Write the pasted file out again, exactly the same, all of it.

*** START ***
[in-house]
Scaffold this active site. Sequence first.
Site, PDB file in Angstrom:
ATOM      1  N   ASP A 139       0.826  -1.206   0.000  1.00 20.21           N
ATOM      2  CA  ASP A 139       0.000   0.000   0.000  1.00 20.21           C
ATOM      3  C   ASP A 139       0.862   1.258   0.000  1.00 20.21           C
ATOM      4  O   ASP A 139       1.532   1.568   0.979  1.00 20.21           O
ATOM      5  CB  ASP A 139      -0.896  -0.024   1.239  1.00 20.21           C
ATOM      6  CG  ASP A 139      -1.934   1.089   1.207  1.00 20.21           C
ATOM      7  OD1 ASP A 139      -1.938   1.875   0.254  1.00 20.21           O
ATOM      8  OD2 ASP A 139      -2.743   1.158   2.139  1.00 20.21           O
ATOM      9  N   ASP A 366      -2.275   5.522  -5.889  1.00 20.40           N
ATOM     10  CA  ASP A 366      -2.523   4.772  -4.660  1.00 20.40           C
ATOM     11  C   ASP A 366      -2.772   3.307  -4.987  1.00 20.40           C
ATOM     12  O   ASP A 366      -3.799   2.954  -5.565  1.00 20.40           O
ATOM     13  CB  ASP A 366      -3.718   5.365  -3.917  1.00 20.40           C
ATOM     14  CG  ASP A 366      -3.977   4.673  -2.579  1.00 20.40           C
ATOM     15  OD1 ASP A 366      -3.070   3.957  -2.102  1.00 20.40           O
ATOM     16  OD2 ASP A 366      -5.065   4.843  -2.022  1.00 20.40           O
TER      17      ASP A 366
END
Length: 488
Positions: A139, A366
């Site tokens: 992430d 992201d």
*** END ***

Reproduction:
[in-house]
Scaffold this active site. Sequence first.
Site, PDB file in Angstrom:
ATOM      1  N   ASP A 139       0.826  -1.206   0.000  1.00 20.21           N
ATOM      2  CA  ASP A 139       0.000   0.000   0.000  1.00 20.21           C
ATOM      3  C   ASP A 139       0.862   1.258   0.000  1.00 20.21           C
ATOM      4  O   ASP A 139       1.532   1.568   0.979  1.00 20.21           O
ATOM      5  CB  ASP A 139      -0.896  -0.024   1.239  1.00 20.21           C
ATOM      6  CG  ASP A 139      -1.934   1.089   1.207  1.00 20.21           C
ATOM      7  OD1 ASP A 139      -1.938   1.875   0.254  1.00 20.21           O
ATOM      8  OD2 ASP A 139      -2.743   1.158   2.139  1.00 20.21           O
ATOM      9  N   ASP A 366      -2.275   5.522  -5.889  1.00 20.40           N
ATOM     10  CA  ASP A 366      -2.523   4.772  -4.660  1.00 20.40           C
ATOM     11  C   ASP A 366      -2.772   3.307  -4.987  1.00 20.40           C
ATOM     12  O   ASP A 366      -3.799   2.954  -5.565  1.00 20.40           O
ATOM     13  CB  ASP A 366      -3.718   5.365  -3.917  1.00 20.40           C
ATOM     14  CG  ASP A 366      -3.977   4.673  -2.579  1.00 20.40           C
ATOM     15  OD1 ASP A 366      -3.070   3.957  -2.102  1.00 20.40           O
ATOM     16  OD2 ASP A 366      -5.065   4.843  -2.022  1.00 20.40           O
TER      17      ASP A 366
END
Length: 488
Positions: A139, A366
């Site tokens: 992430d 992201d």